When black holes collide, look out! The "kick" from an enormous burst of gravitational radiation that occurs during the collision could knock a black hole clear out of its galaxy, rather than resulting in one massive black hole, as commonly thought. New theoretical simulations by Astrophysicist David Merritt of the Rochester Institute of Technology, and colleagues, determined how much kick the black holes get from the mergers and then compared this with the escape velocities from galaxies that could harbor merged black holes. They found that larger and brighter galaxies have stronger gravitational fields and would require a bigger kick to eject a black hole than the smaller systems. Likewise, less forceful impacts could jar the black hole out of its home at the center of a galaxy, only to later rebound back into position. The researchers say that the kicks call into question theories that would grow supermassive black holes from hierarchical mergers of smaller black holes, starting in the early universe.
The researchers relied on a series of Hubble Space Telescope discoveries to reach this conclusion. Hubble has previously shown that supermassive black holes are common in galaxies. Hubble has also shown that galaxies were smaller long ago. This means that the black hole kicks would easily have removed the black holes from smaller galaxies. "It's more likely that supermassive black holes attained most of their mass through the accretion of gas. Mergers with other black holes only took place after the galaxies had reached roughly their current sizes," says Merritt.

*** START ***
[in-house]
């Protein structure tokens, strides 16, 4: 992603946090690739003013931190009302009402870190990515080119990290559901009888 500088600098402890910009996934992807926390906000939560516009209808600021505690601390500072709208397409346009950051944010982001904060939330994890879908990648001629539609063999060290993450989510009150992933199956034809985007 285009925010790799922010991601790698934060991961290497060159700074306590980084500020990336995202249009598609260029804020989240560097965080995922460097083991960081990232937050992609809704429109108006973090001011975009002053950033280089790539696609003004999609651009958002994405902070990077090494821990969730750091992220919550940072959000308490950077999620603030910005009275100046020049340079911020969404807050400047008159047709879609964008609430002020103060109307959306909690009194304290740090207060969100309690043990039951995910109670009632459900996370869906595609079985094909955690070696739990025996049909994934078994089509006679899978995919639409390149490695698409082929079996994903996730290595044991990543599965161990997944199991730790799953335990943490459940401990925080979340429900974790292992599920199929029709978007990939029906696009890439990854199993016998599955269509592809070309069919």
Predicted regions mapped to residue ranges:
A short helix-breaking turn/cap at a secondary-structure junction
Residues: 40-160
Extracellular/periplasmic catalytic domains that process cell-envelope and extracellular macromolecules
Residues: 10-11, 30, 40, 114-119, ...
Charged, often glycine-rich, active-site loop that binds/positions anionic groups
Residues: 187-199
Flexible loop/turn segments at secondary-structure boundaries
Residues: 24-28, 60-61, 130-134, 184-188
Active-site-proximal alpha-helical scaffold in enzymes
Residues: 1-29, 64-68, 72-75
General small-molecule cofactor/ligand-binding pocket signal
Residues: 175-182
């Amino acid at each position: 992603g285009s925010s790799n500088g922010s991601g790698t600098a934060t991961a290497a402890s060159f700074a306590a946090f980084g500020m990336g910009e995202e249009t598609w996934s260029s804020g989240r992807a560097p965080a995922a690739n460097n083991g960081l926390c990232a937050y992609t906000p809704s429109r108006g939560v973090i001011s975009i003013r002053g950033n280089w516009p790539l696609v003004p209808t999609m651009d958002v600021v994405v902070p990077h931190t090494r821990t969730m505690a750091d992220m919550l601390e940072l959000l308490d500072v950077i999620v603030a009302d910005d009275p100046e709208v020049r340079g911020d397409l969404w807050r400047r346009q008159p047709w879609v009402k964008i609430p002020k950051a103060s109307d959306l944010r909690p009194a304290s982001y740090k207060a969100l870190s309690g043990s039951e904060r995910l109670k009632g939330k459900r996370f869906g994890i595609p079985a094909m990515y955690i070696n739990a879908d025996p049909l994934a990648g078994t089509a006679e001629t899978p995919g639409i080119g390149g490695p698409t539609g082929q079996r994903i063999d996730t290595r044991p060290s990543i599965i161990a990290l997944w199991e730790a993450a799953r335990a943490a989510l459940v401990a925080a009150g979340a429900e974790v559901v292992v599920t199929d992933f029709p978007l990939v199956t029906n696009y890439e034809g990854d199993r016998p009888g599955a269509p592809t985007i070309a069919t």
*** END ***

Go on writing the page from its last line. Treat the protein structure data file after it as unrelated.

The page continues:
Merritt notes that while there is no observational evidence that the kicks have taken place, they could explain the lack of black holes in dwarf galaxies and globular clusters. He contends that the best chance of finding direct evidence would be locating a black hole shortly after the kick occurs, perhaps in a galaxy that has recently undergone a merger with another galaxy. "You would see an off-center black hole that hasn't quite made its way back to the center yet," he says. "Even though the probability of observing this is low, now that astronomers know what to look for, I wouldn't be surprised if someone finds one eventually."
The science team's article, "Consequences of Gravitational Radiation Recoil," has been submitted to The Astrophysical Journal. The article was supported by funding from the Space Telescope Science Institute and appears online.